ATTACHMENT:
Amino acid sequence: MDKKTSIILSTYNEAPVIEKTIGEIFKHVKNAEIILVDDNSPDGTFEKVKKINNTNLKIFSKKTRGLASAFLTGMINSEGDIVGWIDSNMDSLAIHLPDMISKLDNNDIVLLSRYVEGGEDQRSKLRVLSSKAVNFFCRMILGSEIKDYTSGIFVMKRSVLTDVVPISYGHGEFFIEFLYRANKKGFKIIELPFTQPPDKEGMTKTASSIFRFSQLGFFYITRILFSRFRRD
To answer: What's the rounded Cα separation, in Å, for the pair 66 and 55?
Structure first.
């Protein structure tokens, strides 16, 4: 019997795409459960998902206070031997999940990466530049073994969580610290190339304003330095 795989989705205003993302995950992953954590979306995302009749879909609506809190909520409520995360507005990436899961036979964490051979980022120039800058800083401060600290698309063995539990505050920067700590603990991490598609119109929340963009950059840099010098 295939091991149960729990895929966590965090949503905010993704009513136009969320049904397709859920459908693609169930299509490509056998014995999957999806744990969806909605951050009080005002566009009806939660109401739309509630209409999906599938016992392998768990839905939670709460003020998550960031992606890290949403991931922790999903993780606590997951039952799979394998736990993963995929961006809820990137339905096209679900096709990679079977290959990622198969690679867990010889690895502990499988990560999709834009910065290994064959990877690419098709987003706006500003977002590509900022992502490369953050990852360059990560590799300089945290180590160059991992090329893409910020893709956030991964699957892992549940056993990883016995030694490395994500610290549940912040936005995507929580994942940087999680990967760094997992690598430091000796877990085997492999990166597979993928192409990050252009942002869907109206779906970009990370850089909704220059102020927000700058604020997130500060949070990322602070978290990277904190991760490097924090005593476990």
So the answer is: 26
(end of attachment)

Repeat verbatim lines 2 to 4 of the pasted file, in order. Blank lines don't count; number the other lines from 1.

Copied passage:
To answer: What's the rounded Cα separation, in Å, for the pair 66 and 55?
Structure first.
């Protein structure tokens, strides 16, 4: 019997795409459960998902206070031997999940990466530049073994969580610290190339304003330095 795989989705205003993302995950992953954590979306995302009749879909609506809190909520409520995360507005990436899961036979964490051979980022120039800058800083401060600290698309063995539990505050920067700590603990991490598609119109929340963009950059840099010098 295939091991149960729990895929966590965090949503905010993704009513136009969320049904397709859920459908693609169930299509490509056998014995999957999806744990969806909605951050009080005002566009009806939660109401739309509630209409999906599938016992392998768990839905939670709460003020998550960031992606890290949403991931922790999903993780606590997951039952799979394998736990993963995929961006809820990137339905096209679900096709990679079977290959990622198969690679867990010889690895502990499988990560999709834009910065290994064959990877690419098709987003706006500003977002590509900022992502490369953050990852360059990560590799300089945290180590160059991992090329893409910020893709956030991964699957892992549940056993990883016995030694490395994500610290549940912040936005995507929580994942940087999680990967760094997992690598430091000796877990085997492999990166597979993928192409990050252009942002869907109206779906970009990370850089909704220059102020927000700058604020997130500060949070990322602070978290990277904190991760490097924090005593476990």